S. Joshua Swamidass, IVP Academic, 2019
This has been a bittersweet reading. From the outset, I do want to state that I am perhaps the kind of people Swamidass is trying to pursue. A Reformed Confessional Christian. At the same time, my medical background allows me to appreciate most of the science behind it. For the sake of charity, and in accordance to his call to empathy (ch. 1), I will list the positives first. For the sake of courage and truth, which he also encourage his readers to show, I will least the negatives as well.
Positively, I need to honor the author’s intention of trying to uphold biblical inerrancy. Someone with his scientific qualifications could very easily dismiss Scripture altogether and just ‘go with the flow’ of scientificism. He wants to prove that mainstream science is not against a de novo (miraculous) creation of a specific pair of human being called Adam and Eve. I believe his intent is loable. Furthermore, he provides good insight and category distinctions we all should come to know if we are seriously thinking about this issue. In that sense, his explanation of the what Genealogical Ancestry is is perhaps the most valuable gem in this volume. His scientific research is rigorous. Everything he explains regarding science is well documented, even if, at the end there’s room for disagreement. I also appreciate the care with which he reaches scientific conclusions by using terms as «highly probable,» «unlikely,» etcetera.
It is also very good, that this volume will make you go back to Scripture to assess if what the author is claiming is right. Any time something make you read you Bible, that’s a positive for me.
I would only wish that biblical-theological issues would have been dealt with with the same academic rigor as the scientific facts were. First, I believe there is an error of methodology. He presupposes «people out of Eden before Adam and Eve» from the start. Then assumes that Scripture is only silent about those (although, suggestive). Finally his hermeneutical method includes using scientific research to fill-in-the gaps.
Here’s the tricky thing, this is the question to answer: which gaps? There seems to be a conflation between general gaps of things not mentioned by Scripture regarding creation and the historicity of Adam and Eve (which is the central theme, as suggested by the title of the book), and the gaps created by Swamidass’ presupposition that ‘there were people leaving outside the garden’. He deals only with the second set.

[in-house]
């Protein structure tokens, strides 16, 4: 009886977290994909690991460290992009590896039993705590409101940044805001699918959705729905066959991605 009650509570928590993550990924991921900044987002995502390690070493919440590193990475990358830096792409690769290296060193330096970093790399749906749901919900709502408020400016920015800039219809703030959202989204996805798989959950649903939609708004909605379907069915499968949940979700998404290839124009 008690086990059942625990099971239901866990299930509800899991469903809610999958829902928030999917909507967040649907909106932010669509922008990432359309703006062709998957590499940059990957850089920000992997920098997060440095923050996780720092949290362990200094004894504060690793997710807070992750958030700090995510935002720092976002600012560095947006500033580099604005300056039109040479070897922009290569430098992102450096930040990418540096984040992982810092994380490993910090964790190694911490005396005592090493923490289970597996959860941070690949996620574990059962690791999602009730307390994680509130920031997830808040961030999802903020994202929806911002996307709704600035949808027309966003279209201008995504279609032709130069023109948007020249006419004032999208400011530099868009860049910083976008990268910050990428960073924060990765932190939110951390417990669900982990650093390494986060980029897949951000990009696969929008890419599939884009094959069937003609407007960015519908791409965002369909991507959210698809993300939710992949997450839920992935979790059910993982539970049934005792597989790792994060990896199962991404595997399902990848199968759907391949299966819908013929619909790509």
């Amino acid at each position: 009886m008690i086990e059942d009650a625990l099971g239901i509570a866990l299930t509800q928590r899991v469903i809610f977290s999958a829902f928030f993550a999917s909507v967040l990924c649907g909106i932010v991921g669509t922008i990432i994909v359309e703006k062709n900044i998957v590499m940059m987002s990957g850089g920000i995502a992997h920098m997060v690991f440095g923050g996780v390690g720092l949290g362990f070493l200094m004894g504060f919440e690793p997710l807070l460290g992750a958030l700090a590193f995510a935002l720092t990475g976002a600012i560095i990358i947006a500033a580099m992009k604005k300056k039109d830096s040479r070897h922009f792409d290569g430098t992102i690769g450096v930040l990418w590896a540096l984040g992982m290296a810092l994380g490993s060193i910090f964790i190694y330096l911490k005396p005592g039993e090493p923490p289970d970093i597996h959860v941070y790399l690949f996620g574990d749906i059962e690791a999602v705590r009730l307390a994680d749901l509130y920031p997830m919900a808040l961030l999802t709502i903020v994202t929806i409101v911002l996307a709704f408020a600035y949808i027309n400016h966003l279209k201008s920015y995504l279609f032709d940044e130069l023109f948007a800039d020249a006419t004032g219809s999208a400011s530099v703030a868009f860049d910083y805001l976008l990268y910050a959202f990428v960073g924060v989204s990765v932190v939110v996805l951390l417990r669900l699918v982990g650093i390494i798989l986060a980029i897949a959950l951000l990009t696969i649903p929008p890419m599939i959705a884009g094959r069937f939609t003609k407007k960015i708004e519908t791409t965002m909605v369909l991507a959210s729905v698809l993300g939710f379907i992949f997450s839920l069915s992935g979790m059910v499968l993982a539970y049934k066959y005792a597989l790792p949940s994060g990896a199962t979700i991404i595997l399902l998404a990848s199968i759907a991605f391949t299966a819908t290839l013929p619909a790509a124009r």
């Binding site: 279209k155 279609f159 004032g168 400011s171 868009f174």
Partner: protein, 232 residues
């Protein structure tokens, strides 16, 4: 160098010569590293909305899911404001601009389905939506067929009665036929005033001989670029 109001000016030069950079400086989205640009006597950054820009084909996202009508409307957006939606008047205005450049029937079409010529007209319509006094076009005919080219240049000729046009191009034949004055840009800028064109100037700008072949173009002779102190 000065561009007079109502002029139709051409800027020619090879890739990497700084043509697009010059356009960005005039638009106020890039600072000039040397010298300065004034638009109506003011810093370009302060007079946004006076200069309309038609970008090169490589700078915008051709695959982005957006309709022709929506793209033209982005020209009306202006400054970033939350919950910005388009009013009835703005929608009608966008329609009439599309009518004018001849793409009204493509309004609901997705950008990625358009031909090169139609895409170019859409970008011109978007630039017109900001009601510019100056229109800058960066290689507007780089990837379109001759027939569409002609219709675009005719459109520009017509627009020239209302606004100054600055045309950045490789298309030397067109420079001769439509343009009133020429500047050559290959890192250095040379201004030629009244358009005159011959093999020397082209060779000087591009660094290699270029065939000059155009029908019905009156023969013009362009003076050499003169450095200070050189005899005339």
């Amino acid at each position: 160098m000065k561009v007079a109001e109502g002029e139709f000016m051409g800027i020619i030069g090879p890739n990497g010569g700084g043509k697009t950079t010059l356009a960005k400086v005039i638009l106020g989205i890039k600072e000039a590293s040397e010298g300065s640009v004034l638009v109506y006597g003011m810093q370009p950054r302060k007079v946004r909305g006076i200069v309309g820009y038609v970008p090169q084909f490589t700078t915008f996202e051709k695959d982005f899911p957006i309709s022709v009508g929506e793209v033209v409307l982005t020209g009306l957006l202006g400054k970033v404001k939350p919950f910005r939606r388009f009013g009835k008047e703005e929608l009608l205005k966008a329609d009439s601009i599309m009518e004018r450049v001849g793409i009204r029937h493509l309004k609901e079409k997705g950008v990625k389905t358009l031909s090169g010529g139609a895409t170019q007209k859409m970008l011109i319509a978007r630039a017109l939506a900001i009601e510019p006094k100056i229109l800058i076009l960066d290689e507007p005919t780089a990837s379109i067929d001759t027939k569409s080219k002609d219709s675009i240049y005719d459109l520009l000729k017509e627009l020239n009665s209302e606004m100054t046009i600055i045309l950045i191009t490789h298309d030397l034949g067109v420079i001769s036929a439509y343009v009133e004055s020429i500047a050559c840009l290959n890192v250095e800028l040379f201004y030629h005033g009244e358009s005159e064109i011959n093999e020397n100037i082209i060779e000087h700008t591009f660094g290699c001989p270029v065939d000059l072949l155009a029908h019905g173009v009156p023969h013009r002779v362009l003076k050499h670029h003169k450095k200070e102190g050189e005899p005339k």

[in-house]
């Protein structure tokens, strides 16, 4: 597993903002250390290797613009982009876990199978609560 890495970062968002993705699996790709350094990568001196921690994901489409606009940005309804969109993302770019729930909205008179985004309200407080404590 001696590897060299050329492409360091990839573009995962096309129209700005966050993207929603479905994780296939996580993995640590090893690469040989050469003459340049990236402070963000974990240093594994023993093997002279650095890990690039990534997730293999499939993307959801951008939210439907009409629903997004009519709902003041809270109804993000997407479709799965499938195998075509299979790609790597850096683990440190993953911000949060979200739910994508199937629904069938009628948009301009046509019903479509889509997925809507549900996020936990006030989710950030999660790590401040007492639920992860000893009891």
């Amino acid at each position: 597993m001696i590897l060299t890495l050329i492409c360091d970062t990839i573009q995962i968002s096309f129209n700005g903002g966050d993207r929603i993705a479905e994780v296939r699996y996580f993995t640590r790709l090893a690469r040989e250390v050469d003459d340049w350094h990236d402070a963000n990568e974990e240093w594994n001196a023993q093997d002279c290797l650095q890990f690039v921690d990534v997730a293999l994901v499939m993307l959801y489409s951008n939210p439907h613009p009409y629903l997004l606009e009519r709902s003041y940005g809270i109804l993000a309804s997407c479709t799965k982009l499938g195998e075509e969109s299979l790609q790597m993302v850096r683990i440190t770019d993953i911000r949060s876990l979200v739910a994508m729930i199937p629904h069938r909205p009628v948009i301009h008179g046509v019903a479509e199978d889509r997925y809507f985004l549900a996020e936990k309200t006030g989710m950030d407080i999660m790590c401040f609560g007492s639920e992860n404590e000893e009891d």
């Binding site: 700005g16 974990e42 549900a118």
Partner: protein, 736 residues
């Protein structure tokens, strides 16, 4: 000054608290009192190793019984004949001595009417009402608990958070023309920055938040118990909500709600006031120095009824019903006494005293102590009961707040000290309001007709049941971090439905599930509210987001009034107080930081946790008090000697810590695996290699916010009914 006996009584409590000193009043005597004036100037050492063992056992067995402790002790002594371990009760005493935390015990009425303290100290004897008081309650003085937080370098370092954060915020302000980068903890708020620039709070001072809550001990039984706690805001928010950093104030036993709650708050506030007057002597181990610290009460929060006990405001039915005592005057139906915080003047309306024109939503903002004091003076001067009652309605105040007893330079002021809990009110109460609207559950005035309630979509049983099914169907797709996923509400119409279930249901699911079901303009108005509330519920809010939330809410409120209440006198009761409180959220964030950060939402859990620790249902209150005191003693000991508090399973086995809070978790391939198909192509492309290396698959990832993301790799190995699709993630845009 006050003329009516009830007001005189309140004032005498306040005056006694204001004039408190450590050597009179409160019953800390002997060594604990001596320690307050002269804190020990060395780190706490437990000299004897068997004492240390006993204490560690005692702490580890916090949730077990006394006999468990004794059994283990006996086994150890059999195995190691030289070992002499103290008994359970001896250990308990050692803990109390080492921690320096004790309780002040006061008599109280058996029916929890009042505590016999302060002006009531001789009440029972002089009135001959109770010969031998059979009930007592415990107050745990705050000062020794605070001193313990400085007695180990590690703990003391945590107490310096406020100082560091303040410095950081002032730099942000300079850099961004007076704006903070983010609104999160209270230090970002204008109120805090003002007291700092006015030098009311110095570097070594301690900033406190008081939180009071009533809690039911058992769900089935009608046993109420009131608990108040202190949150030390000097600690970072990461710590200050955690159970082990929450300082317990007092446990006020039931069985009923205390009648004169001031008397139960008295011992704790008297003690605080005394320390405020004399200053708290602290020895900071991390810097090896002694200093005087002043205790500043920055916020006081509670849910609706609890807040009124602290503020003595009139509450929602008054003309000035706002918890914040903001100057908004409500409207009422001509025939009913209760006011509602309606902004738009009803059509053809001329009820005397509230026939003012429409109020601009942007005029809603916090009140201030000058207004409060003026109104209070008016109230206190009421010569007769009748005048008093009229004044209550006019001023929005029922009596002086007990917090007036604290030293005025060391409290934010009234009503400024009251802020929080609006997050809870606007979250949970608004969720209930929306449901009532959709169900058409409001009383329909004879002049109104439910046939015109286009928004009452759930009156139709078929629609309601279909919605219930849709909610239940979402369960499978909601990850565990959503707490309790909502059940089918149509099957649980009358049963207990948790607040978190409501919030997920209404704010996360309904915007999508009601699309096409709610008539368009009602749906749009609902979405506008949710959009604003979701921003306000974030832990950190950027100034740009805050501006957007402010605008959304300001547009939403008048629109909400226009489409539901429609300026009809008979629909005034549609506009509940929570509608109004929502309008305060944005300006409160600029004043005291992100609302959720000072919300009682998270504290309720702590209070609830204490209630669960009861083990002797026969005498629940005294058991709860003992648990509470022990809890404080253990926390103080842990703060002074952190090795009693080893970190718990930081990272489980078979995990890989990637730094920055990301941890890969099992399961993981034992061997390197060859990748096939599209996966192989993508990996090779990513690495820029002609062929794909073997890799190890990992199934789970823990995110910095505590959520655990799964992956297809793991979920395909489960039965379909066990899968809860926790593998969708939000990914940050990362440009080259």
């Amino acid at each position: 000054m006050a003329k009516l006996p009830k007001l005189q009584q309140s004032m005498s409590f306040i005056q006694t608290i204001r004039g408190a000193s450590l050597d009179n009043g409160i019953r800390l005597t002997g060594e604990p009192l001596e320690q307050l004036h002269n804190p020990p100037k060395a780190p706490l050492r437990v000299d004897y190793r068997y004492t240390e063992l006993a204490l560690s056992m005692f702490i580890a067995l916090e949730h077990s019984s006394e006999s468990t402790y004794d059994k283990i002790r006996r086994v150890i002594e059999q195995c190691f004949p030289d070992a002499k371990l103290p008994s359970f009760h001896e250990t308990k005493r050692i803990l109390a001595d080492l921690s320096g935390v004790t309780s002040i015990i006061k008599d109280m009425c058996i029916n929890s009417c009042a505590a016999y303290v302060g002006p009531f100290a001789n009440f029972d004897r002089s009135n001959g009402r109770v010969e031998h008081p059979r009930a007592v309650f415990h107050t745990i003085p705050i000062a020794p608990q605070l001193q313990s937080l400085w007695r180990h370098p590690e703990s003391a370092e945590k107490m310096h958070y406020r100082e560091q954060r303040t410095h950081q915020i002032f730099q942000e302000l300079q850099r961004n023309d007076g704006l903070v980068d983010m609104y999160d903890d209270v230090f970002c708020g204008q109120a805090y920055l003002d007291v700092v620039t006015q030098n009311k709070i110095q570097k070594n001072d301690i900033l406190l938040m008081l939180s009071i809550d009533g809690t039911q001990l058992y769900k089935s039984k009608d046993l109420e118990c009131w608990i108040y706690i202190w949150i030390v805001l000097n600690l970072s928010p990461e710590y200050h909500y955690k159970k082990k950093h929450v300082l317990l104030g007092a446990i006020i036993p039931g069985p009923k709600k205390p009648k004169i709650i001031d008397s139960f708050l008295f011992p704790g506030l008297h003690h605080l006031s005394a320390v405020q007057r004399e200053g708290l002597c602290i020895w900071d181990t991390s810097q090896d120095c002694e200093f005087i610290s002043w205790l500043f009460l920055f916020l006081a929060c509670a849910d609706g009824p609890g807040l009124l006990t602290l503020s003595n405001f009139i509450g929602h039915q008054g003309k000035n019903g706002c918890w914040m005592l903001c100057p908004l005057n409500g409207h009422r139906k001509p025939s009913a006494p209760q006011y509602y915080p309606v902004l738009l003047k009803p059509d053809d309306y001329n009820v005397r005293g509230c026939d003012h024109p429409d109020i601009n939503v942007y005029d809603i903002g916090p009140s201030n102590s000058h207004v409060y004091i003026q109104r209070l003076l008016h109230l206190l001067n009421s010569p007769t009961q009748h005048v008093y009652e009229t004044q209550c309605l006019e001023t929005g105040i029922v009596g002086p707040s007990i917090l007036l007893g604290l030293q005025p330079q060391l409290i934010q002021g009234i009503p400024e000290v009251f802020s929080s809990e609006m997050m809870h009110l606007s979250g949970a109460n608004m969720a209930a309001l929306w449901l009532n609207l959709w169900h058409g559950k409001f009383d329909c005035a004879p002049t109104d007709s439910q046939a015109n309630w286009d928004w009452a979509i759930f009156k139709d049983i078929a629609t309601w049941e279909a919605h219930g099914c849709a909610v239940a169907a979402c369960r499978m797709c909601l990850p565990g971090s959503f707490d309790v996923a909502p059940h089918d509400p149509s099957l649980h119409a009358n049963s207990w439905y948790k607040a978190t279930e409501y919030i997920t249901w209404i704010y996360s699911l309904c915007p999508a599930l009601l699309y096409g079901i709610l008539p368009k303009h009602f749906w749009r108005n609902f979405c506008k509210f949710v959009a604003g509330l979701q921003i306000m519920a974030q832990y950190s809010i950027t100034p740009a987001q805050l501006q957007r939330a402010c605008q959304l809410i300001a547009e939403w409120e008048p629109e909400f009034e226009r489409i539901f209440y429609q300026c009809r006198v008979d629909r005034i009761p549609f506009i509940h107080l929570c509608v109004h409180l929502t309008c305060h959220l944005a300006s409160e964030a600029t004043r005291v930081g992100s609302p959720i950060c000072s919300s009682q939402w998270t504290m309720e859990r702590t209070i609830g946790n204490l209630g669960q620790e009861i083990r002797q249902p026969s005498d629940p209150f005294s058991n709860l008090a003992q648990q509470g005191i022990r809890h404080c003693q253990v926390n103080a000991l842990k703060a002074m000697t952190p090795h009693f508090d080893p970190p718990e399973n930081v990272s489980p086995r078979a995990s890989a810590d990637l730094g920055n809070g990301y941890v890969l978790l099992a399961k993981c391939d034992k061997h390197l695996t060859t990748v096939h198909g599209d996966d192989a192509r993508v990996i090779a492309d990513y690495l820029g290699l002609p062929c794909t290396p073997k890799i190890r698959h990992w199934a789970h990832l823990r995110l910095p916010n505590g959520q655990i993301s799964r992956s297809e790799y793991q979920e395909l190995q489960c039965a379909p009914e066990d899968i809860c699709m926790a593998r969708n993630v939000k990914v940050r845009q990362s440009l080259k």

Thus, his theory is build up to dovetail perfectly with the gaps that his own presuppositions have created. This is key: if you can demonstrate biblically that those presupposition do not fit the proper interpretation of the Scripture, or even that there are not required by the text, then the whole argument falls. It becomes a house of cards. It turns out being a very complex science, fascinating, yet biblically unnecessary.
All the science presented is subservient to the fact that there was indeed a group of people outside Eden before Adam and Eve, and that these were human beings.
However, is he able to demonstrate this assertion from Scripture? No. At most, it is an argument from silence. In my opinion, a weak one. It does not deal with the most pressing questions on interpretation and theology. Regarding interpretation, «silence» is his claim. Scripture does not say there weren’t, and science is compatible with the possibility of people being there, therefore, it must ‘probably’ be true. Regarding theology, the most important questions such as that of common dignity are not even raised. There are discussions regarding the «openness» of historical and even confessional theology. Again, for Swamidass, tradition almost never denies the possibility of men outside Eden, therefore, «it fits within Orthodox Theology.»
Sadly the most important biblical and theological claims are not as well exegeted or documented as the scientific data is (i.e. compare his treatment of scientific computational data with his treatment of Genesis 1-2). Thus, there is a huge disparity with the way he deals with science and Scripture. In the aim of trying to uphold Scripture with science, (surely unintentionally), he has make Scripture subservient to scientific research.
Still, again, I believe the first section is worthy of our most serious attention. And because of that, this resource might be a good addition to your library, especially if you are interested with the modern trends of theistic evolution.